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SKILLS Micro Groups

One of the concerns Franklin and Brent have regarding church ministry is the limited effectiveness many churches experience in their efforts to make disciples of those under their care. They find this particularly concerning with small group ministry, which they both believe in highly. There are many factors that go into why our efforts at discipling fall short, in spite of our hard work and intentions, but data and trends reveal three general reasons:


Modern Christianity often emphasizes individual experience over the needs of the church and its mission.


There is growing confusion about the balance between the interests of the individual and of society and the interests of God’s kingdom.


Church participation is viewed more as the means of survival during the week rather than the opportunity to learn how to be strategic and effective as a disciple.

However, there is a lot of hopefulness in modern church trends.  Many Christians, particularly among the younger generations, are yearning for authenticity in their church and faith experience.  As Franklin and Brent studied these trends they became interested in what could be found in scripture to give guidance for how to rethink discipleship instruction.  They were especially intrigued with a pattern they saw in Jesus’ ministry.  There were three levels to the organization of His followers.


The Congregation

Equivalent to our modern congregations of faithful believers was the

body of disciples who followed Him.  At one point they numbered at

least 70, as that was how many He sent out in pairs to neighboring

villages to proclaim the nearness of God’s kingdom.  On the day of Pentecost, there were 120 followers in the upper room, waiting on what

God would do next after Jesus’ resurrection and ascension into Heaven. 

Out of Jesus’ “congregation” of disciples, they chose Judas’ replacement.


The Small Group

Did Jesus have a small group?  Yes.  Twelve of them.  They are the ones we read about in the Gospels.  These are the ones who more closely followed Jesus and who benefitted from His personal instruction and guidance.  After all, they would have a huge task in the future.  Eleven of them, with the later addition of Matthias, would be the apostles of Christ’s church as it launched and spread its influence into the known world.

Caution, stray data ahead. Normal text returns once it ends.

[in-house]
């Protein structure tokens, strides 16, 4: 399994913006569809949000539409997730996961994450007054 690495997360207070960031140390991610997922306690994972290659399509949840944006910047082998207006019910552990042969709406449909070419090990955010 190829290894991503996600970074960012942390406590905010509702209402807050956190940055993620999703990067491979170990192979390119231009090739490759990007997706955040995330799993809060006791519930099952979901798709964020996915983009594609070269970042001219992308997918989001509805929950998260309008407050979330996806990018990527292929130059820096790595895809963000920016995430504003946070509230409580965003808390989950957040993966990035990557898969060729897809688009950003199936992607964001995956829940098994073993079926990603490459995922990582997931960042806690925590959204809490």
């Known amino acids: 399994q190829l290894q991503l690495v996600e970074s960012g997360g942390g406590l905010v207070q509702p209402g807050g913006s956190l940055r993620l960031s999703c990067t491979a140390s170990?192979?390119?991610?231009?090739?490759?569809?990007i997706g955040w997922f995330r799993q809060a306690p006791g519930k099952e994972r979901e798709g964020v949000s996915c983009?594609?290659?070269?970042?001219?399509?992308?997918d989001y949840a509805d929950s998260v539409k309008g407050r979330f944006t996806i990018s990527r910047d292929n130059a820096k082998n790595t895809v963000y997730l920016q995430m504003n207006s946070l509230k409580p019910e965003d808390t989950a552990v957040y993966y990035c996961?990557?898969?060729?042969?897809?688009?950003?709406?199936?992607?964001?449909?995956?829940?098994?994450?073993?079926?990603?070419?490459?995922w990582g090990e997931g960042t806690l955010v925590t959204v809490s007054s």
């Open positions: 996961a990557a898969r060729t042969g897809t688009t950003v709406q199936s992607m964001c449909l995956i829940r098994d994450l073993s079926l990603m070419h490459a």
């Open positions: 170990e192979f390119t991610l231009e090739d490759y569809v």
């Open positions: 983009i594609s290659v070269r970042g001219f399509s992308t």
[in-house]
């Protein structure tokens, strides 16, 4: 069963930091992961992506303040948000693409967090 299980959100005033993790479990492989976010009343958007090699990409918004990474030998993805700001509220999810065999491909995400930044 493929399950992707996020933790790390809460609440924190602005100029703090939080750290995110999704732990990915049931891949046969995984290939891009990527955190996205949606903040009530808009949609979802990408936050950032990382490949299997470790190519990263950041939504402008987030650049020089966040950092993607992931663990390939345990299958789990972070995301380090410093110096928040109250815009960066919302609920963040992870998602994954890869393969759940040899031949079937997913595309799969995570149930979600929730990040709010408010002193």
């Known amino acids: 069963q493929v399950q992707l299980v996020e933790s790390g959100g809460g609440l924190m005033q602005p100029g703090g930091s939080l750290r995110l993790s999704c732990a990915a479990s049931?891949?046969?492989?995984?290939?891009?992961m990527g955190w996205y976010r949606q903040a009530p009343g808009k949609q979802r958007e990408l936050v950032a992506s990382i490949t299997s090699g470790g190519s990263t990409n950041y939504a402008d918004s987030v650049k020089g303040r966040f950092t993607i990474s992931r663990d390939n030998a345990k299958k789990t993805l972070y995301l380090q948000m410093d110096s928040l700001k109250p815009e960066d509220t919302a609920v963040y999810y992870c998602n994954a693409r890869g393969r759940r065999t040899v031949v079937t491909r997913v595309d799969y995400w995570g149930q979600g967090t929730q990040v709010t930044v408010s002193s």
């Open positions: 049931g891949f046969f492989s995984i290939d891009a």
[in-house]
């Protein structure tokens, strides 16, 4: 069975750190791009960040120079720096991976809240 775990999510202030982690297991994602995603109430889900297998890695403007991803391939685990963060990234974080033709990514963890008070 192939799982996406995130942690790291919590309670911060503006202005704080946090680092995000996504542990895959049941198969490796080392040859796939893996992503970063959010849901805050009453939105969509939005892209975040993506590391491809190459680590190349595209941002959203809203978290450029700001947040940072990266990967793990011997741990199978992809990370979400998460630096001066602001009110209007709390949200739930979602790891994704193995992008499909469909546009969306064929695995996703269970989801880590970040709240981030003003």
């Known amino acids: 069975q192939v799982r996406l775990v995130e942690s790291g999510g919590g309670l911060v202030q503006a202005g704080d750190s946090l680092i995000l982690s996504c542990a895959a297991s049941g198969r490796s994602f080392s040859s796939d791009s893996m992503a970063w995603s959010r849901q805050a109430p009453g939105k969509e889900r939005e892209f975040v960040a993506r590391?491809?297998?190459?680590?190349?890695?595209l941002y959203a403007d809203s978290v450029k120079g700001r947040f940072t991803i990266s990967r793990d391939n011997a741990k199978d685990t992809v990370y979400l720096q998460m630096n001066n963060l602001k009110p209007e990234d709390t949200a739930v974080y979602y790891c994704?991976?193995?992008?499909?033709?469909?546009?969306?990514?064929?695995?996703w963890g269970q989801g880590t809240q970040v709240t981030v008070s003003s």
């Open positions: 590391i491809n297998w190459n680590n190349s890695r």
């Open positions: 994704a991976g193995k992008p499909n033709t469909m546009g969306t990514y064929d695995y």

The Micro Group

Of the twelve disciples, there were three who enjoyed additional closeness to Jesus.  Peter, James, and John often were taken apart from the rest for more focused instruction.  They would have special roles in the church

after Christ would leave the scene.  Peter was tasked with shepherding

the church into existence and on into the Gentile world.  James was one

of the first martyrs.  John lived to old age and received the very needed Revelation of what God would do in the end times. 

Working In Micro Groups

95FIVE likes the micro group approach because it brings discipleship instruction back to a more personal level than merely leaving growing Christians to glean what they can from larger group teaching.  It also utilizes the power of partnership (Ecclesiastes 4:9-13).  Micro groups have the potential to extend the effectiveness of small groups and perhaps compensate for some individuals not yet being ready to function in a larger group setting.  

95FIVE teaches relationship skills.  Therefore, the micro groups are labeled SKILLS Micro Groups.  Spirituality, Knowledge, Influence, Learning, Liberty and Strategy are all core principles of 95FIVE teaching.


The philosophy of micro groups are built on three pillars:  


  • Affinity

  • Accountability

  • Advocacy


Affinity is important because as much as it is possible, micro groups should consist of individuals who have some commonality in their perspective.  For instance, good friends may or may not function well together in a micro group, but fellow outdoorsmen might, or veterans, or vegans.  A 21-year-old rock climbing enthusiast might not be a good fit for a middle-aged banker, but a retired business owner could work great with a young entrepreneur.  Affinity isn’t about demographic factors but about outlook and perspective, as well as personality dynamics.  


Participants should prayerfully seek the guidance of mentors, group leaders, and most of all the Holy Spirit as they partner with other micro group members.  Affinity isn’t a “make or break” factor in micro groups but we want to avoid any potential hindrances that could undermine someone’s efforts toward growth.


Accountability is also important to micro groups, as it is to Christian life as a whole.  The level of accountability and in-person interaction will be up to the micro group, or the larger group that sets expectations for the micro groups under its supervision.  However, the basic expectation is that each member encourages the others to complete the journey through the 52-section program, or any other discipleship training course. 


Advocacy is critical as well.  To be an advocate means to be on someone else’s side.  Micro group members should not only look to their personal growth but be interested in the growth of the other members, too.  “Iron sharpens iron, so one man sharpens another” (Proverbs 27:17).


Those believers who feel frustrated with available small group experiences in their church that don’t meet objectives important to them would do well to consider starting a micro group.  They can give licenses to The People Process as gifts, or all the members can split the cost.  Show your faith community what authentic discipleship can accomplish.

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